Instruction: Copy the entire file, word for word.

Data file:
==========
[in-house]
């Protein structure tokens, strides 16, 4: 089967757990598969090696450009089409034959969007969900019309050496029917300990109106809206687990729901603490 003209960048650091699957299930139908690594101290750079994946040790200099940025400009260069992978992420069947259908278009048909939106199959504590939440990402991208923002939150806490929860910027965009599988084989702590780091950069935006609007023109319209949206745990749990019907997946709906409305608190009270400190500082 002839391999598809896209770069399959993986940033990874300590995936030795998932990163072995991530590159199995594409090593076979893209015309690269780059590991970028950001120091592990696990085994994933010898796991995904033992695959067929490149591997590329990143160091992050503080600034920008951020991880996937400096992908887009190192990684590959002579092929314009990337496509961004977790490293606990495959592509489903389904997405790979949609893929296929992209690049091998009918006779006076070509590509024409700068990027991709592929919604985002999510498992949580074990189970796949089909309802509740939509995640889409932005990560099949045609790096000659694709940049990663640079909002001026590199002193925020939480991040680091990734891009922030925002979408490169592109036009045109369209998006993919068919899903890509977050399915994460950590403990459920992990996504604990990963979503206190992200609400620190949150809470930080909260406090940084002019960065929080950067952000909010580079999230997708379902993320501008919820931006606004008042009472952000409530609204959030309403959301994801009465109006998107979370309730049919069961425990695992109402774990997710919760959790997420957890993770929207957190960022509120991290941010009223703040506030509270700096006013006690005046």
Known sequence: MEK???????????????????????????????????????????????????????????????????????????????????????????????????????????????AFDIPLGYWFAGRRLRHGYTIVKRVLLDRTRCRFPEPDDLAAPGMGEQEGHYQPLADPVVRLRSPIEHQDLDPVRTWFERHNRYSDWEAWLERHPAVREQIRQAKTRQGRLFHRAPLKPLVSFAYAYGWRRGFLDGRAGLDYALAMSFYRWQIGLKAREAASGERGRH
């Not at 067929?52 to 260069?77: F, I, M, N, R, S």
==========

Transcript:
[in-house]
């Protein structure tokens, strides 16, 4: 089967757990598969090696450009089409034959969007969900019309050496029917300990109106809206687990729901603490 003209960048650091699957299930139908690594101290750079994946040790200099940025400009260069992978992420069947259908278009048909939106199959504590939440990402991208923002939150806490929860910027965009599988084989702590780091950069935006609007023109319209949206745990749990019907997946709906409305608190009270400190500082 002839391999598809896209770069399959993986940033990874300590995936030795998932990163072995991530590159199995594409090593076979893209015309690269780059590991970028950001120091592990696990085994994933010898796991995904033992695959067929490149591997590329990143160091992050503080600034920008951020991880996937400096992908887009190192990684590959002579092929314009990337496509961004977790490293606990495959592509489903389904997405790979949609893929296929992209690049091998009918006779006076070509590509024409700068990027991709592929919604985002999510498992949580074990189970796949089909309802509740939509995640889409932005990560099949045609790096000659694709940049990663640079909002001026590199002193925020939480991040680091990734891009922030925002979408490169592109036009045109369209998006993919068919899903890509977050399915994460950590403990459920992990996504604990990963979503206190992200609400620190949150809470930080909260406090940084002019960065929080950067952000909010580079999230997708379902993320501008919820931006606004008042009472952000409530609204959030309403959301994801009465109006998107979370309730049919069961425990695992109402774990997710919760959790997420957890993770929207957190960022509120991290941010009223703040506030509270700096006013006690005046």
Known sequence: MEK???????????????????????????????????????????????????????????????????????????????????????????????????????????????AFDIPLGYWFAGRRLRHGYTIVKRVLLDRTRCRFPEPDDLAAPGMGEQEGHYQPLADPVVRLRSPIEHQDLDPVRTWFERHNRYSDWEAWLERHPAVREQIRQAKTRQGRLFHRAPLKPLVSFAYAYGWRRGFLDGRAGLDYALAMSFYRWQIGLKAREAASGERGRH
């Not at 067929?52 to 260069?77: F, I, M, N, R, S």